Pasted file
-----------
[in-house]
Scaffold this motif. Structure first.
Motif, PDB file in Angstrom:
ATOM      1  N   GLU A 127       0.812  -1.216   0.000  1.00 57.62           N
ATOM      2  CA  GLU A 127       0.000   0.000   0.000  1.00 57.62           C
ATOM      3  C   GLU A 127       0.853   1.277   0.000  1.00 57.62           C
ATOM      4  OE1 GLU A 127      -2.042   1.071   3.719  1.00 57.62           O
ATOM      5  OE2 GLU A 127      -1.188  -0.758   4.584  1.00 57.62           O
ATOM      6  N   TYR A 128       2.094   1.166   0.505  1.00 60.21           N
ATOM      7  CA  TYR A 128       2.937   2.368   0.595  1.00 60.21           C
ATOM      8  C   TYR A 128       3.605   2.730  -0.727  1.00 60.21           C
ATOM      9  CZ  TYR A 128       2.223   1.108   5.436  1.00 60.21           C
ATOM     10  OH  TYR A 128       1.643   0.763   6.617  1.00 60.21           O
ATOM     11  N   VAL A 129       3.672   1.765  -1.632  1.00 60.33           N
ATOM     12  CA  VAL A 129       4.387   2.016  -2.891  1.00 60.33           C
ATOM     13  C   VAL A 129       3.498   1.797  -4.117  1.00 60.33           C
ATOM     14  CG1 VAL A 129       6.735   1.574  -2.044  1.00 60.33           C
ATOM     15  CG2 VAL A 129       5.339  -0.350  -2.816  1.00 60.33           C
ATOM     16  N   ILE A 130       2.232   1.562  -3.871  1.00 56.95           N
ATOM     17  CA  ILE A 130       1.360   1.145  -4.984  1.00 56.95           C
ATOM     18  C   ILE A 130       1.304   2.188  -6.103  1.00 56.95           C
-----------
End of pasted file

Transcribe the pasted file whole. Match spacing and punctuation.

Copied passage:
[in-house]
Scaffold this motif. Structure first.
Motif, PDB file in Angstrom:
ATOM      1  N   GLU A 127       0.812  -1.216   0.000  1.00 57.62           N
ATOM      2  CA  GLU A 127       0.000   0.000   0.000  1.00 57.62           C
ATOM      3  C   GLU A 127       0.853   1.277   0.000  1.00 57.62           C
ATOM      4  OE1 GLU A 127      -2.042   1.071   3.719  1.00 57.62           O
ATOM      5  OE2 GLU A 127      -1.188  -0.758   4.584  1.00 57.62           O
ATOM      6  N   TYR A 128       2.094   1.166   0.505  1.00 60.21           N
ATOM      7  CA  TYR A 128       2.937   2.368   0.595  1.00 60.21           C
ATOM      8  C   TYR A 128       3.605   2.730  -0.727  1.00 60.21           C
ATOM      9  CZ  TYR A 128       2.223   1.108   5.436  1.00 60.21           C
ATOM     10  OH  TYR A 128       1.643   0.763   6.617  1.00 60.21           O
ATOM     11  N   VAL A 129       3.672   1.765  -1.632  1.00 60.33           N
ATOM     12  CA  VAL A 129       4.387   2.016  -2.891  1.00 60.33           C
ATOM     13  C   VAL A 129       3.498   1.797  -4.117  1.00 60.33           C
ATOM     14  CG1 VAL A 129       6.735   1.574  -2.044  1.00 60.33           C
ATOM     15  CG2 VAL A 129       5.339  -0.350  -2.816  1.00 60.33           C
ATOM     16  N   ILE A 130       2.232   1.562  -3.871  1.00 56.95           N
ATOM     17  CA  ILE A 130       1.360   1.145  -4.984  1.00 56.95           C
ATOM     18  C   ILE A 130       1.304   2.188  -6.103  1.00 56.95           C